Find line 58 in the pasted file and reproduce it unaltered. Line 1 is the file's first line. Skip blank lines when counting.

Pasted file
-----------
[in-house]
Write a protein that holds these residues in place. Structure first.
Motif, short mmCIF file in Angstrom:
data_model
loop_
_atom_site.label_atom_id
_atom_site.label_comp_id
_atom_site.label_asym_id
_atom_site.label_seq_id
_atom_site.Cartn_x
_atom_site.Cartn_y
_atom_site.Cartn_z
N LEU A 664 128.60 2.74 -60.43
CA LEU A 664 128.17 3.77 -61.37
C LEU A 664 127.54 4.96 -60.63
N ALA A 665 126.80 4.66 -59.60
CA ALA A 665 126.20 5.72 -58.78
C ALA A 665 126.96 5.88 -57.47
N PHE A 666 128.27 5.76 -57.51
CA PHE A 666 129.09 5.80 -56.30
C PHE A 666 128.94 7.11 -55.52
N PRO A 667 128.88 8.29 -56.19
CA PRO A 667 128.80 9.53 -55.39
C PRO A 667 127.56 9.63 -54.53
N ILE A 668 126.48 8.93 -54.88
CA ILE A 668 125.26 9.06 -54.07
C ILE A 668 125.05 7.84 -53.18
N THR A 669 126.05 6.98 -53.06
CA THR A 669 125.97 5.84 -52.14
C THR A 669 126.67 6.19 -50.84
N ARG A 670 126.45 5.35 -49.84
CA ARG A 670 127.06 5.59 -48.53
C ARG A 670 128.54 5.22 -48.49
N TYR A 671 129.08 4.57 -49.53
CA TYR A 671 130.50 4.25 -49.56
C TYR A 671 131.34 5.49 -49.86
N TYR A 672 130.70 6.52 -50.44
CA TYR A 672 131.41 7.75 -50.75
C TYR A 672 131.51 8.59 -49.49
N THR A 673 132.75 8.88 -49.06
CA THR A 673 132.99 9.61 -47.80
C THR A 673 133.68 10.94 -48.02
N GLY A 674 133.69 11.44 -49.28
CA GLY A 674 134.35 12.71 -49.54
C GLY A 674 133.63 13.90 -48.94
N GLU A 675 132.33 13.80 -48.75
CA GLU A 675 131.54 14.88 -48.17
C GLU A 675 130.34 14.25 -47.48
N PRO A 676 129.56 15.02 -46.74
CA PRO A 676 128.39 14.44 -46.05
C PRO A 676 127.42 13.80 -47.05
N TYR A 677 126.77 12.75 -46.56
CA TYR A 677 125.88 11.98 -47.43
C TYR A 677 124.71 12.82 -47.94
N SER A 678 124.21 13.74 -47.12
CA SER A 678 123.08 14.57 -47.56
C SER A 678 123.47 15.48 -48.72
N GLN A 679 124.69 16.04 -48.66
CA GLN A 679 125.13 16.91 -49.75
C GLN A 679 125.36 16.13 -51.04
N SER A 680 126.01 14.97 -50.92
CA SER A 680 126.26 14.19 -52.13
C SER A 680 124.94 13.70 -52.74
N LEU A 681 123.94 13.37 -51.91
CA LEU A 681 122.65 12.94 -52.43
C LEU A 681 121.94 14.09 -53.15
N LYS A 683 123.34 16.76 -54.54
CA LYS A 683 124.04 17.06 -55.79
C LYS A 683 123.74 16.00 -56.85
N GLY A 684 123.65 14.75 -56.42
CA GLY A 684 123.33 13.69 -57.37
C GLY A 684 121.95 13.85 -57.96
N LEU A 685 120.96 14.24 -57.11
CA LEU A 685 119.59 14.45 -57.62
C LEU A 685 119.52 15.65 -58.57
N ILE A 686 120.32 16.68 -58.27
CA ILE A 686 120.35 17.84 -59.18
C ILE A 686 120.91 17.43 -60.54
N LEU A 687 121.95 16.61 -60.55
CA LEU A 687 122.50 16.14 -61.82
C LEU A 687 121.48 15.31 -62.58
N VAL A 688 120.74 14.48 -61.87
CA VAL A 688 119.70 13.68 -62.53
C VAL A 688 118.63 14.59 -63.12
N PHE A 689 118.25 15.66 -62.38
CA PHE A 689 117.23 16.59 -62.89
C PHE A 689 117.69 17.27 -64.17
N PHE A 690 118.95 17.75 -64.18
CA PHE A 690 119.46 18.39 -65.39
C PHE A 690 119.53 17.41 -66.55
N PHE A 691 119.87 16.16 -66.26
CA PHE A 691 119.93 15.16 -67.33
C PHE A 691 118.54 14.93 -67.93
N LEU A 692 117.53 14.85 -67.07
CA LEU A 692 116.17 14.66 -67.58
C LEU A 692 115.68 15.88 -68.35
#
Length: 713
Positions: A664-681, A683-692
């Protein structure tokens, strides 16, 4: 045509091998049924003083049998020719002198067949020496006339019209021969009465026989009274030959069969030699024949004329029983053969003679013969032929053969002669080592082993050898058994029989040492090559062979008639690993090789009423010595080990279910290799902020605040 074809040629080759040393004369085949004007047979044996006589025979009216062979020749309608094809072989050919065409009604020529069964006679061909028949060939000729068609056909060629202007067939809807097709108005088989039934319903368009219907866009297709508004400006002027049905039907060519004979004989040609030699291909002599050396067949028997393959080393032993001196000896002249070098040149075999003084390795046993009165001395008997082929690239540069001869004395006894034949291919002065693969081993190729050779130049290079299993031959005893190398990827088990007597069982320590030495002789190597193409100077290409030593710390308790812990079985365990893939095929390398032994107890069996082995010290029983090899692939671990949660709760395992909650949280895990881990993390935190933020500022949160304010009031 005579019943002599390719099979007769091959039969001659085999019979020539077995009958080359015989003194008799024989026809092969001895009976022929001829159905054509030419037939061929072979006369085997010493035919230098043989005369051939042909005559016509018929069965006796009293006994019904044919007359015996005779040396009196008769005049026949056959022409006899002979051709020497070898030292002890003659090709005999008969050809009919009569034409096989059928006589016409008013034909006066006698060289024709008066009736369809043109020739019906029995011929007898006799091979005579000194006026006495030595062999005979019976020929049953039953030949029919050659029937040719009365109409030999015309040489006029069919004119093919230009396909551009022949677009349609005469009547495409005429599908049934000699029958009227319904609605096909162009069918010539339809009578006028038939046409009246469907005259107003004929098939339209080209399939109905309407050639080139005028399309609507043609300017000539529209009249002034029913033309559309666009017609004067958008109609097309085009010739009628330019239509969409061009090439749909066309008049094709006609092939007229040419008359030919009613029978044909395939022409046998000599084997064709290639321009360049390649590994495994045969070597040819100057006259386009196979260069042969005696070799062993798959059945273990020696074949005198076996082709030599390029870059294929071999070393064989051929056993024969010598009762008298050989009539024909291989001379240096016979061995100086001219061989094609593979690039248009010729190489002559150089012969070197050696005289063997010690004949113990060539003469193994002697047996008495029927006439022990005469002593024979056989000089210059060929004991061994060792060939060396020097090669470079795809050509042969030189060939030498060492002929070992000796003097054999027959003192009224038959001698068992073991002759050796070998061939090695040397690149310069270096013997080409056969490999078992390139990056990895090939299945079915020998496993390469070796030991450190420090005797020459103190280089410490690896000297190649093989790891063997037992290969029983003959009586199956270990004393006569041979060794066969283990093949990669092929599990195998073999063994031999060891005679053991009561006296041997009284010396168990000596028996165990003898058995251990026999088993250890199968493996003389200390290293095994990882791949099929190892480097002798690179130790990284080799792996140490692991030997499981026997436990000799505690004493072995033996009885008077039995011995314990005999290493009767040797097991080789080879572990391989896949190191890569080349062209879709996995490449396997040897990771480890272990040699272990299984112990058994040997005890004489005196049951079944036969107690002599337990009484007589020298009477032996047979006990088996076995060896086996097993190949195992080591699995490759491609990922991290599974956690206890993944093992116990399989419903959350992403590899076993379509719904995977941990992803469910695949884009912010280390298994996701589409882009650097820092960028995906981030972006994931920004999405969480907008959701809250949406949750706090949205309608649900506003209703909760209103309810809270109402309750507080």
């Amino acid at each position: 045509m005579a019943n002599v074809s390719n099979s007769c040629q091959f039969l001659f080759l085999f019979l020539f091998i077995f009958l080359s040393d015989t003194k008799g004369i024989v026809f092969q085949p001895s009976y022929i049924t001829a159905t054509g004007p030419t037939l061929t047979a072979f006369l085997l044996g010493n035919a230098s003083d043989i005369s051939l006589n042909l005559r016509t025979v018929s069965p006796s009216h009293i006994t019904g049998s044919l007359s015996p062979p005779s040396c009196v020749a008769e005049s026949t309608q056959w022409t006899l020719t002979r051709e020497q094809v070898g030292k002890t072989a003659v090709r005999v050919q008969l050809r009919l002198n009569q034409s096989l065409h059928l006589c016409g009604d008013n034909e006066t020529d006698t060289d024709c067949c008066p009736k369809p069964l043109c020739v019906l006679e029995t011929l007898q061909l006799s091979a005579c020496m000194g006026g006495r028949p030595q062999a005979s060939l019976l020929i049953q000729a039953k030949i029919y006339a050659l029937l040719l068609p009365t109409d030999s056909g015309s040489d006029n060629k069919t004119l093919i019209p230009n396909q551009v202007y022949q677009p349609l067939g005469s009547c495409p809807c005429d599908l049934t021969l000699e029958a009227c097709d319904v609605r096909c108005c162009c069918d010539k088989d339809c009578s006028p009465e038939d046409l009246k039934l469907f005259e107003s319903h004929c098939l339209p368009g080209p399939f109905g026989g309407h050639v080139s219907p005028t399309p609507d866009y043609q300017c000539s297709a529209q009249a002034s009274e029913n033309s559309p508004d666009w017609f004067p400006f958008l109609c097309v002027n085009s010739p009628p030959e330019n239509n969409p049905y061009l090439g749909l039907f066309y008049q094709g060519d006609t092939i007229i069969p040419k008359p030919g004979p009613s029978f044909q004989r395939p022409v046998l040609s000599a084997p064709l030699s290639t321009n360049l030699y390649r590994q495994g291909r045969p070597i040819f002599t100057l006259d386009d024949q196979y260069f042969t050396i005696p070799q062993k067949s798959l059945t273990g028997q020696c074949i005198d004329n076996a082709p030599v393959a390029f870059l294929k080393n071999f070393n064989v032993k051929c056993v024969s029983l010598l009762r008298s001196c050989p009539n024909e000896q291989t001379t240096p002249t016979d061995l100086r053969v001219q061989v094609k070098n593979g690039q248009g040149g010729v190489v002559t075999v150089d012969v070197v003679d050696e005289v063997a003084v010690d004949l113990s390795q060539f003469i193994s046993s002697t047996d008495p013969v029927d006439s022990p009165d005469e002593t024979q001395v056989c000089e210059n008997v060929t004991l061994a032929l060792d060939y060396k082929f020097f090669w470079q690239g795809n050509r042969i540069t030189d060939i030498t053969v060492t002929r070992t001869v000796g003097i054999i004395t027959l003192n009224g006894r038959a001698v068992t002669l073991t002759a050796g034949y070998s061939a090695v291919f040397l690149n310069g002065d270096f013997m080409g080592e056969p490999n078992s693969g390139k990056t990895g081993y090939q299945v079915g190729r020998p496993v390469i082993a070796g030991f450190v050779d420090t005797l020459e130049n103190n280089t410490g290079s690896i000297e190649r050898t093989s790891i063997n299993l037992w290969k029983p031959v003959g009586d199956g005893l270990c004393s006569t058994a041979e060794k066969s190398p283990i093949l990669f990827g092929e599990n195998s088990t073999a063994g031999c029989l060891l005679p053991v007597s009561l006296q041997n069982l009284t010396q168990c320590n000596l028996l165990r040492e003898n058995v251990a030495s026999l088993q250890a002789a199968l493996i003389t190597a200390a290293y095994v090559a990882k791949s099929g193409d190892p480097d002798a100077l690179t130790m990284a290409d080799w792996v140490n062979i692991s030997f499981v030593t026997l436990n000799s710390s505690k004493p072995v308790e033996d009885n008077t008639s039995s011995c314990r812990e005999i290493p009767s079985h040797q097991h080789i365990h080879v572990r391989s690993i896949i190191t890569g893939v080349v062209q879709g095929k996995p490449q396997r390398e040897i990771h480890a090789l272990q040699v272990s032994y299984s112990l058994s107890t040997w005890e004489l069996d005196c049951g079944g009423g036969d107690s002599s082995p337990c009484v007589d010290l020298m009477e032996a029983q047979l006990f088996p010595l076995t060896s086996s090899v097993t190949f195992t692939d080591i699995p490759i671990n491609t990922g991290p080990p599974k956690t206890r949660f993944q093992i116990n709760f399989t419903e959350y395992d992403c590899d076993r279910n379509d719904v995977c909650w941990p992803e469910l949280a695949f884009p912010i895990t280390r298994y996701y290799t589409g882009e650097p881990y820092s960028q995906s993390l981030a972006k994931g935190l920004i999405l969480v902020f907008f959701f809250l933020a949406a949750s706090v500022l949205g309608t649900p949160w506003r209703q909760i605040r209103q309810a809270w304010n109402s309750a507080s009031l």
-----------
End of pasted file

N GLN A 679 124.69 16.04 -48.66